Show ContentsHyder History, Family Crest & Coats of Arms

The ancestors of the Hyder surname lived among the ancient Anglo-Saxon culture. The name comes from when they lived at the hide or at the residence close by. Hyder is a topographic surname, which was given to a person who resided near a physical feature such as a hill, stream, church, or type of tree. Habitation names form the other broad category of surnames that were derived from place-names. They were derived from pre-existing names for towns, villages, parishes, or farmsteads. Other local names are derived from the names of houses, manors, estates, regions, and entire counties.

Early Origins of the Hyder family

The surname Hyder was first found in Bedfordshire (Old English: Bedanfordscir), located in Southeast-central England. A hide is a feudal portion of land that was measured by the quality of land, not its size. In other words, a hide was so much land as "with its house and toft, right of common, and other appurtenances, was considered to be sufficient for the necessities of a family." [1]

Urmston in Lancashire is a point of interest to the family. "A family of the local name is mentioned as holding lands here as early as the reign of King John. About the time of Henry IV, Raff Hyde married the heiress of Adam Urmston, and thus obtained the estate." [2]

"Here [in Woodford, Wiltshire] was a palace of the bishops of Salisbury, but no traces of it are now visible. Charles II, after the battle of Worcester, was concealed in Heale House, in the parish, at that time the residence of the Hyde family." [2]

Hyde in Cheshire was another ancient family seat. "So early as the reign of John, a part of the manor of Hyde was held by a family of the same name, of which the great Lord Chancellor Hyde, Earl of Clarendon, was a descendant; the remaining portion was acquired by them in the reign of Edward III." [2]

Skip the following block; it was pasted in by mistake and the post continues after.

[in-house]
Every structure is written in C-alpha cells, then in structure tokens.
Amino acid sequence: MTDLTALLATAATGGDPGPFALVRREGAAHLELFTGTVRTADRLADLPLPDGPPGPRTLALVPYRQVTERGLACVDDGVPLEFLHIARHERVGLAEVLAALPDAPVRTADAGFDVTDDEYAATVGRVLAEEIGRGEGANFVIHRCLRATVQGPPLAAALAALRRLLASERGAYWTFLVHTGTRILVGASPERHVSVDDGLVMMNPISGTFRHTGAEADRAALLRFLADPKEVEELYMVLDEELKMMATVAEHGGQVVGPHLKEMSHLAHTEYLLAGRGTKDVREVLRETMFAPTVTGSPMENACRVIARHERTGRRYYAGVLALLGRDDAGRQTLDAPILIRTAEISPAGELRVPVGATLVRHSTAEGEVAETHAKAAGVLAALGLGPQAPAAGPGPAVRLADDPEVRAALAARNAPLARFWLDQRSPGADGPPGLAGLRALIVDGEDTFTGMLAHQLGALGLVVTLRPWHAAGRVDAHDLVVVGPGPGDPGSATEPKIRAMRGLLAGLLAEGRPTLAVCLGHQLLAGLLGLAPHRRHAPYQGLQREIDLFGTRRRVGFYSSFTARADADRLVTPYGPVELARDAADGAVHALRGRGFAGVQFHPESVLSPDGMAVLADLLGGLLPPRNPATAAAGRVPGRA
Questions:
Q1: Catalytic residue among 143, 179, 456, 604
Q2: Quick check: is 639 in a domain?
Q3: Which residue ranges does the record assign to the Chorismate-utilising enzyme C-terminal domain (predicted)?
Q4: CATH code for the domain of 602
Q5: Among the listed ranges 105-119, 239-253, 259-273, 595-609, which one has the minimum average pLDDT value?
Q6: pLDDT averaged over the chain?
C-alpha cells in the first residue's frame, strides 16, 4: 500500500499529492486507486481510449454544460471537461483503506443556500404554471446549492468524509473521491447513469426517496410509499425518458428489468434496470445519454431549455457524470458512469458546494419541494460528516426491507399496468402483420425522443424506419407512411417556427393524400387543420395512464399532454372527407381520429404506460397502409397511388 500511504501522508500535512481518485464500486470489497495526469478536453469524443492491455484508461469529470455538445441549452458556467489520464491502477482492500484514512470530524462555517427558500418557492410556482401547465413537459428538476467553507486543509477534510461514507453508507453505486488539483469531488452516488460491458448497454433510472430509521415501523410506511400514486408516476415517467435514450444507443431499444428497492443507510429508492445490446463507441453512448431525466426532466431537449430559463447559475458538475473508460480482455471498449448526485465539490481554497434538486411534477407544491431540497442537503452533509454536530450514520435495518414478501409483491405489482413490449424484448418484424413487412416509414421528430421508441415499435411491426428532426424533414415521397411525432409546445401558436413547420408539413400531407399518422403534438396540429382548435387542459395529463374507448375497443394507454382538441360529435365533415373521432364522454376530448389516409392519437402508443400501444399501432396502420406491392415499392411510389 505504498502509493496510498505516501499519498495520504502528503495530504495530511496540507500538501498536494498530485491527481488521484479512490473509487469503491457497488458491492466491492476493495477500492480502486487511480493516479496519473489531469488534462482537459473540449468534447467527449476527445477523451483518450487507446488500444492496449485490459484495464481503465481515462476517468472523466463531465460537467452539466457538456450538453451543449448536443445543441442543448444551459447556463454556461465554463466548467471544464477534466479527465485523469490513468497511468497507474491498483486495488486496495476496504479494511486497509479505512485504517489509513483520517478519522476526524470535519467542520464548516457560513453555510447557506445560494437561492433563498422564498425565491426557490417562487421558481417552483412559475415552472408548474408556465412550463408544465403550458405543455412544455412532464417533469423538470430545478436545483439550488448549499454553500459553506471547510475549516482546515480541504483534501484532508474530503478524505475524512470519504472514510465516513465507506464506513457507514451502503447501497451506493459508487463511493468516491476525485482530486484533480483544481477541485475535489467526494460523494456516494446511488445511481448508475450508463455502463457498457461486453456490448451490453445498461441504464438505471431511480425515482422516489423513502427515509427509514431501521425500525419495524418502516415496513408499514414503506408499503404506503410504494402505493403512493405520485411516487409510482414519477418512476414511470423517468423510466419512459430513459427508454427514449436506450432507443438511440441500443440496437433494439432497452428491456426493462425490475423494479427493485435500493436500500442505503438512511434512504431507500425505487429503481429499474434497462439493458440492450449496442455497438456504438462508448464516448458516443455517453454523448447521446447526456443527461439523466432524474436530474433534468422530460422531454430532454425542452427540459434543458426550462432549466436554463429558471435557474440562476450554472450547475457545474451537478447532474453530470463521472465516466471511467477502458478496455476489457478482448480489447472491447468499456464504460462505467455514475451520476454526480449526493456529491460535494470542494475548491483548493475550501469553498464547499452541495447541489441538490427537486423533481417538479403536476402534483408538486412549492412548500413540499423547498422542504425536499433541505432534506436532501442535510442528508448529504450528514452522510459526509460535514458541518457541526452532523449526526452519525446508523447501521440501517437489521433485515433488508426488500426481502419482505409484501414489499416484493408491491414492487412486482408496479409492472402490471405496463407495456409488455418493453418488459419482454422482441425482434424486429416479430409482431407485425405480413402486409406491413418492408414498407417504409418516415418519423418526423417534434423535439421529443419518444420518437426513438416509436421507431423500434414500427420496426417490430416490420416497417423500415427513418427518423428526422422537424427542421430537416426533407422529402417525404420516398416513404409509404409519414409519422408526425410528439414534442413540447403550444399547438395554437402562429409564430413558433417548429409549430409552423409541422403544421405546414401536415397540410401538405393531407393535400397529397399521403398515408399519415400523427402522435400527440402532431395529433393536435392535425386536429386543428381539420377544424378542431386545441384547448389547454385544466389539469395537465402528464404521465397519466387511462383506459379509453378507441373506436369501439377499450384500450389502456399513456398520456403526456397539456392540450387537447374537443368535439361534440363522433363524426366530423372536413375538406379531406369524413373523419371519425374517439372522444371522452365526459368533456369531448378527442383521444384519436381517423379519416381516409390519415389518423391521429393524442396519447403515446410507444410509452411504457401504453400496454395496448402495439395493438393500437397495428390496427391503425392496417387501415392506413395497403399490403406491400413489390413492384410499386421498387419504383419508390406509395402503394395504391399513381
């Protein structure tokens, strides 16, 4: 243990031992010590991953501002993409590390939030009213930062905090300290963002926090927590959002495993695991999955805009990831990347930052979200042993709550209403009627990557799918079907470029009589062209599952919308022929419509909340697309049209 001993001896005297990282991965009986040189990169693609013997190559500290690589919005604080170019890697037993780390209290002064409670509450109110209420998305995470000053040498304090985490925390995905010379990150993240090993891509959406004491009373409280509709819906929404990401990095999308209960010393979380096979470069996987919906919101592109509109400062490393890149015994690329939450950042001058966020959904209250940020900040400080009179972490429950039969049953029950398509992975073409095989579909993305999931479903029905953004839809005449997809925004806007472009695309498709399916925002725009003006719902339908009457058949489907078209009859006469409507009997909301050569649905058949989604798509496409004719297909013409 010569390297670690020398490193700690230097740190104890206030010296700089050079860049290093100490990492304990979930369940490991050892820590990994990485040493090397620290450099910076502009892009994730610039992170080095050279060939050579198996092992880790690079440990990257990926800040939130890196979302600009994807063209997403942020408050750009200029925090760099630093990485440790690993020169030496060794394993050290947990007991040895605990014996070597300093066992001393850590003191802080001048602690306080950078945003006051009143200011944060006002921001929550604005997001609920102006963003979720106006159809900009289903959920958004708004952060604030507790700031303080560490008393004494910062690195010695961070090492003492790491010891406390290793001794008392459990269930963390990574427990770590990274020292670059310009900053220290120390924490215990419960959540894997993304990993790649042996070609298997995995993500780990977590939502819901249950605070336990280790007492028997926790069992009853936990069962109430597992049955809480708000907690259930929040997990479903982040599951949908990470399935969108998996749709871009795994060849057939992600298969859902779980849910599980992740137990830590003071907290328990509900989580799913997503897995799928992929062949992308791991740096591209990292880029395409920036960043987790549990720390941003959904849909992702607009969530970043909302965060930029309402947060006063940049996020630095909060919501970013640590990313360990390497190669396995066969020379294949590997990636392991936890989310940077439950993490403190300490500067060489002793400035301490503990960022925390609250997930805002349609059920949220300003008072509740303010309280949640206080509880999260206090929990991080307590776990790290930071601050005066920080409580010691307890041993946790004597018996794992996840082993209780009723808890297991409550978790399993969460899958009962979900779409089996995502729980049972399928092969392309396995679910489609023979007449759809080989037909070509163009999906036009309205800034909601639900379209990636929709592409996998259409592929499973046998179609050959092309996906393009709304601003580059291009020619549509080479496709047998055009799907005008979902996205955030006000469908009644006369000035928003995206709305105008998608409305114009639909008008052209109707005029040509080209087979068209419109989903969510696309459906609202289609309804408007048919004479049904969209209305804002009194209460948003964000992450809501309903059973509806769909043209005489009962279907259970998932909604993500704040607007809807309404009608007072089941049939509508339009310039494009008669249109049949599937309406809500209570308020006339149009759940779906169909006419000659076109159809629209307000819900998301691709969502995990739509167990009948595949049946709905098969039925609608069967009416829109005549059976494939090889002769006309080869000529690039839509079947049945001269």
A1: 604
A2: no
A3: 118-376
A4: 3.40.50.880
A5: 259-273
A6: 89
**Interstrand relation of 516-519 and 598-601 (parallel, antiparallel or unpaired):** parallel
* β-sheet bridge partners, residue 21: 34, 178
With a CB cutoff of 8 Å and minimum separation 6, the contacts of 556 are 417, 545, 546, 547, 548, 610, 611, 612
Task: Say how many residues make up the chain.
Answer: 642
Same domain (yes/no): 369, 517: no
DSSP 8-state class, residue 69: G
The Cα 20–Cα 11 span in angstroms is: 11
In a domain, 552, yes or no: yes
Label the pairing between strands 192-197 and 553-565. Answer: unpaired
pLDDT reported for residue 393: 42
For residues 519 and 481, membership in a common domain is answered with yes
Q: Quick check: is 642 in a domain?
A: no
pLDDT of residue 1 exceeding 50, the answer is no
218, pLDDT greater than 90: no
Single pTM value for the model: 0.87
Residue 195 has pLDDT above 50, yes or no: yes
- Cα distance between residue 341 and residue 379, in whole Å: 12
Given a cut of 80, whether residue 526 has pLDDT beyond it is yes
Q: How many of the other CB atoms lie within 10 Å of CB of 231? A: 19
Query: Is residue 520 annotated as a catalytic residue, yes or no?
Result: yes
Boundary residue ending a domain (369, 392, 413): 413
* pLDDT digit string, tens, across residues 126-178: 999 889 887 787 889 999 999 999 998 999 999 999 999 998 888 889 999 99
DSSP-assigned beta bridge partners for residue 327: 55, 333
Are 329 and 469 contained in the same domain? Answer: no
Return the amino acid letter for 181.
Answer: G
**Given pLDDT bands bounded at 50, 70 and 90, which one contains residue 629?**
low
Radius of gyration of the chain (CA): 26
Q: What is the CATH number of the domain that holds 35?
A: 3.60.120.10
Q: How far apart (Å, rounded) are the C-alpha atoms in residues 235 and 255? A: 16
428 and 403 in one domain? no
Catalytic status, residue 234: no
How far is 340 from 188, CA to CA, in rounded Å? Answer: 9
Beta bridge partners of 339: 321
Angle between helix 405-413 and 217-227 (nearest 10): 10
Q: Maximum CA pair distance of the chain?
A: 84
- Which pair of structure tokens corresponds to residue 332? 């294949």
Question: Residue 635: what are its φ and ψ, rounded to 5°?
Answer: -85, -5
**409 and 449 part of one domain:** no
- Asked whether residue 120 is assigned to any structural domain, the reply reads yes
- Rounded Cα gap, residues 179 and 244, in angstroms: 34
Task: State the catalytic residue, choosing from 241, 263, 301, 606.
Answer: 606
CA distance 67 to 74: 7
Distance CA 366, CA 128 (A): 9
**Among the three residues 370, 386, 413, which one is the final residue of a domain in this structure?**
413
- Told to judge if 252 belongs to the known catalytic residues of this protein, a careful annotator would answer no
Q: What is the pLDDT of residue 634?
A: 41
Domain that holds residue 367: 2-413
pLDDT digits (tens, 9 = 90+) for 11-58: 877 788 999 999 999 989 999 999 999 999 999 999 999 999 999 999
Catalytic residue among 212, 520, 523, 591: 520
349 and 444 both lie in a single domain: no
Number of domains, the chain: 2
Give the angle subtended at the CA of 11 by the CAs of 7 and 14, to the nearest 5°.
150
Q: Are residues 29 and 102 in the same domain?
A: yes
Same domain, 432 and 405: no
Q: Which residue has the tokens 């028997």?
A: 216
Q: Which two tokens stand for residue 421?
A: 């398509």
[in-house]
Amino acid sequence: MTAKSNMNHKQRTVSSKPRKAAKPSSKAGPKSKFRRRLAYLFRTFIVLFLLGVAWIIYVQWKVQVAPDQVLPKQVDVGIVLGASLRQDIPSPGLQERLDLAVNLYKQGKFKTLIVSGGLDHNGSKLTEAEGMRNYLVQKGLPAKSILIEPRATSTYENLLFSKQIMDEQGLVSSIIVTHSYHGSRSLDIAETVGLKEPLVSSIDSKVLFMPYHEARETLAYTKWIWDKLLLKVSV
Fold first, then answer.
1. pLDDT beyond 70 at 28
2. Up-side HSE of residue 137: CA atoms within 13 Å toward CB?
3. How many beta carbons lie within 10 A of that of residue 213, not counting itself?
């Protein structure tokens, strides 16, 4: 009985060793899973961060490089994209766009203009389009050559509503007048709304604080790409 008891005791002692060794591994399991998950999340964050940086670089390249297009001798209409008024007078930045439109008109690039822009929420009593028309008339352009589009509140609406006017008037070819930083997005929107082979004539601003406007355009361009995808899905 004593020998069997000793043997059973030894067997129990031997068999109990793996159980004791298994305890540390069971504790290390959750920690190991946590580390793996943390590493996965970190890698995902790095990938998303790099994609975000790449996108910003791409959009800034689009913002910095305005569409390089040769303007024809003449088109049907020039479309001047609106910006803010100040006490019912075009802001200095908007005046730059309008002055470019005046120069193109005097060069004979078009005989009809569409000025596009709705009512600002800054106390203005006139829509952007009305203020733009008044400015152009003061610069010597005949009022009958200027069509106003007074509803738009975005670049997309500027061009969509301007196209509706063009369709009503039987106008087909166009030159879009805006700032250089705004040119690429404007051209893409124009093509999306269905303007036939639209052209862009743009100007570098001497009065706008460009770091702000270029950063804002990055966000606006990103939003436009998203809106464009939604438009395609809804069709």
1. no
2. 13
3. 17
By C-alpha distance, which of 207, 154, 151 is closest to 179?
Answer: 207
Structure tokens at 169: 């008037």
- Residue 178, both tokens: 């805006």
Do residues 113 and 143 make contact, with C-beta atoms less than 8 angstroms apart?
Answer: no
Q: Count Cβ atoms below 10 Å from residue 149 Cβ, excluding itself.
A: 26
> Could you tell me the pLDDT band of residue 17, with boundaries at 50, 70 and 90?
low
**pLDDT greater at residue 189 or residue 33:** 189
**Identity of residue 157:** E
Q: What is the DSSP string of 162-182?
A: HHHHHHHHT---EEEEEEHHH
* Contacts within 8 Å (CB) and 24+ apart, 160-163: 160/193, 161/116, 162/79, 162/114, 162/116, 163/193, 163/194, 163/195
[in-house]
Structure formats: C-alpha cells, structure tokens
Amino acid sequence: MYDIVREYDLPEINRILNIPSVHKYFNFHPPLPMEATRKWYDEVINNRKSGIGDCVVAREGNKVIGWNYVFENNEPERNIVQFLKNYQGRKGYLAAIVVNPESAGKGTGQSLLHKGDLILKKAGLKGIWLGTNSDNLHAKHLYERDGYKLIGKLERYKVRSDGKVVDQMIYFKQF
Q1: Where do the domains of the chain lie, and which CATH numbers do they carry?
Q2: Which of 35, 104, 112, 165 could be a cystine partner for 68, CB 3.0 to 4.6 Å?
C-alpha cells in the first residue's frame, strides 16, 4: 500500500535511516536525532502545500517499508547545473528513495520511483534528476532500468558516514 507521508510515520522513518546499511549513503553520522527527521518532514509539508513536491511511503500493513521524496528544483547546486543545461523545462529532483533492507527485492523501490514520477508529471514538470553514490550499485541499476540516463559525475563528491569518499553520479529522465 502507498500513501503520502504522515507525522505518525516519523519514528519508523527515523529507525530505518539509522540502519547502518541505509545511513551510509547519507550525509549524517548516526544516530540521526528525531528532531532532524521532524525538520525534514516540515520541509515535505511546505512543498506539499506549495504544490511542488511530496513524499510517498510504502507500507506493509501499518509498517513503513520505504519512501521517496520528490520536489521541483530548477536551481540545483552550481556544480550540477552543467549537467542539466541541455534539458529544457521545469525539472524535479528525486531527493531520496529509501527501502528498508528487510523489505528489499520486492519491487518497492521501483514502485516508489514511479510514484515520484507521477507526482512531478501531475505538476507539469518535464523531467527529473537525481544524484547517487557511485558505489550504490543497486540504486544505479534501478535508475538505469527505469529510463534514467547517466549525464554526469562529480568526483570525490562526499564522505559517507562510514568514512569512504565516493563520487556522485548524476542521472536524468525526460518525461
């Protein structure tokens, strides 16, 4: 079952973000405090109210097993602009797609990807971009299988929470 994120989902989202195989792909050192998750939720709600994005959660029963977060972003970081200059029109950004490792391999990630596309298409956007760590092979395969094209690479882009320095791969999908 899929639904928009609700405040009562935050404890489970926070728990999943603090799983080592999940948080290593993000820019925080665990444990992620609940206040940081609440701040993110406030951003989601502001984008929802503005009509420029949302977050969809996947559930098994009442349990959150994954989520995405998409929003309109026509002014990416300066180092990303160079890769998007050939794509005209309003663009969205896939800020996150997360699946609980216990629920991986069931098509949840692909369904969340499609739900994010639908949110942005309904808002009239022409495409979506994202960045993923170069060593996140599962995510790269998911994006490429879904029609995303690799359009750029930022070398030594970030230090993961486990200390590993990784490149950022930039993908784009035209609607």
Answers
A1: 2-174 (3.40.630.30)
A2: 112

Early History of the Hyder family

This web page shows only a small excerpt of our Hyder research. Another 170 words (12 lines of text) covering the years 1609, 1674, 1637, 1671, 1617, 1667, 1638, 1709, 1641, 1711, 1609, 1674, 1631, 1627, 1631, 1595, 1665, 1641, 1711, 1667, 1712, 1712, 1713 and are included under the topic Early Hyder History in all our PDF Extended History products and printed products wherever possible.

Hyder Spelling Variations

Before English spelling was standardized a few hundred years ago, spelling variations of names were a common occurrence. Elements of Latin, French and other languages became incorporated into English through the Middle Ages, and name spellings changed even among the literate. The variations of the surname Hyder include Hyde, Hide and others.

Early Notables of the Hyder family (pre 1700)

Notables of this surname at this time include: Anne Hyde (1637-1671), Duchess of York and Albany as the first wife of James, Duke of York (later King James II and VII); Frances Hyde, Countess of Clarendon (1617-1667), an English peeress, the mother-in-law of James II of England; Henry Hyde 2nd Earl of Clarendon PC (1638-1709), an English aristocrat and politician; Laurence Hyde, 1st Earl of Rochester KG PC (1641-1711), an English statesman and writer; Edward...
Another 75 words (5 lines of text) are included under the topic Early Hyder Notables in all our PDF Extended History products and printed products wherever possible.

Hyder Ranking

In the United States, the name Hyder is the 6,122nd most popular surname with an estimated 4,974 people with that name. [3]

Ireland Migration of the Hyder family to Ireland

Some of the Hyder family moved to Ireland, but this topic is not covered in this excerpt.
Another 67 words (5 lines of text) about their life in Ireland is included in all our PDF Extended History products and printed products wherever possible.

United States Hyder migration to the United States +